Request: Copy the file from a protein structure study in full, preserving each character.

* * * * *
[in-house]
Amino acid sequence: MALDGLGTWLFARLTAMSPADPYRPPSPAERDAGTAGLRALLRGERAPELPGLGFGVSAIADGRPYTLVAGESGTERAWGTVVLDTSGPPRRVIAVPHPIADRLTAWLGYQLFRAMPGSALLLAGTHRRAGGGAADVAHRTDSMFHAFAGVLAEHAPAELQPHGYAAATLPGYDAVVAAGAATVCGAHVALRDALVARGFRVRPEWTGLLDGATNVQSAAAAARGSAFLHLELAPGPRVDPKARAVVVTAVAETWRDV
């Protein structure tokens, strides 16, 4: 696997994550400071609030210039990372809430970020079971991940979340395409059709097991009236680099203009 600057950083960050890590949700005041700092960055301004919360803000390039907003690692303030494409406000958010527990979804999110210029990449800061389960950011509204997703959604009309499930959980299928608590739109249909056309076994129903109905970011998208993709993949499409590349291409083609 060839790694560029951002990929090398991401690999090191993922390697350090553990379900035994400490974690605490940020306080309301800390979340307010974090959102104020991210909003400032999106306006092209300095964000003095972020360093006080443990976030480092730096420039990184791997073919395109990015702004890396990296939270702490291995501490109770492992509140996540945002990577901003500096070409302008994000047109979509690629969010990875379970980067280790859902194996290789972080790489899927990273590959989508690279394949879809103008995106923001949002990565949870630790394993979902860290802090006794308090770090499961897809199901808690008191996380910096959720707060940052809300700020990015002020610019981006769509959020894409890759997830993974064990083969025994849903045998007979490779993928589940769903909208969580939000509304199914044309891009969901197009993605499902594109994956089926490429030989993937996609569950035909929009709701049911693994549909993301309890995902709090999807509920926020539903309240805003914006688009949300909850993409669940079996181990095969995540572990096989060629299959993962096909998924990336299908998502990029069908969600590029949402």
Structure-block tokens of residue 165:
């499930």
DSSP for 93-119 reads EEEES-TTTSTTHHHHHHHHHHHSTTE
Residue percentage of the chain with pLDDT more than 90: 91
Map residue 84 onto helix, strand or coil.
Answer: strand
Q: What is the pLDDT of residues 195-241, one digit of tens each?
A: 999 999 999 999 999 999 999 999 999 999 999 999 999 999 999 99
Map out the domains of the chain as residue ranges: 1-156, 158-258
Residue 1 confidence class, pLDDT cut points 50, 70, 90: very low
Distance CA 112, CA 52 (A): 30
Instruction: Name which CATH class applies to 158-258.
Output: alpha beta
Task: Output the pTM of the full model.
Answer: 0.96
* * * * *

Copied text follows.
[in-house]
Amino acid sequence: MALDGLGTWLFARLTAMSPADPYRPPSPAERDAGTAGLRALLRGERAPELPGLGFGVSAIADGRPYTLVAGESGTERAWGTVVLDTSGPPRRVIAVPHPIADRLTAWLGYQLFRAMPGSALLLAGTHRRAGGGAADVAHRTDSMFHAFAGVLAEHAPAELQPHGYAAATLPGYDAVVAAGAATVCGAHVALRDALVARGFRVRPEWTGLLDGATNVQSAAAAARGSAFLHLELAPGPRVDPKARAVVVTAVAETWRDV
């Protein structure tokens, strides 16, 4: 696997994550400071609030210039990372809430970020079971991940979340395409059709097991009236680099203009 600057950083960050890590949700005041700092960055301004919360803000390039907003690692303030494409406000958010527990979804999110210029990449800061389960950011509204997703959604009309499930959980299928608590739109249909056309076994129903109905970011998208993709993949499409590349291409083609 060839790694560029951002990929090398991401690999090191993922390697350090553990379900035994400490974690605490940020306080309301800390979340307010974090959102104020991210909003400032999106306006092209300095964000003095972020360093006080443990976030480092730096420039990184791997073919395109990015702004890396990296939270702490291995501490109770492992509140996540945002990577901003500096070409302008994000047109979509690629969010990875379970980067280790859902194996290789972080790489899927990273590959989508690279394949879809103008995106923001949002990565949870630790394993979902860290802090006794308090770090499961897809199901808690008191996380910096959720707060940052809300700020990015002020610019981006769509959020894409890759997830993974064990083969025994849903045998007979490779993928589940769903909208969580939000509304199914044309891009969901197009993605499902594109994956089926490429030989993937996609569950035909929009709701049911693994549909993301309890995902709090999807509920926020539903309240805003914006688009949300909850993409669940079996181990095969995540572990096989060629299959993962096909998924990336299908998502990029069908969600590029949402």
Structure-block tokens of residue 165:
């499930």
DSSP for 93-119 reads EEEES-TTTSTTHHHHHHHHHHHSTTE
Residue percentage of the chain with pLDDT more than 90: 91
Map residue 84 onto helix, strand or coil.
Answer: strand
Q: What is the pLDDT of residues 195-241, one digit of tens each?
A: 999 999 999 999 999 999 999 999 999 999 999 999 999 999 999 99
Map out the domains of the chain as residue ranges: 1-156, 158-258
Residue 1 confidence class, pLDDT cut points 50, 70, 90: very low
Distance CA 112, CA 52 (A): 30
Instruction: Name which CATH class applies to 158-258.
Output: alpha beta
Task: Output the pTM of the full model.
Answer: 0.96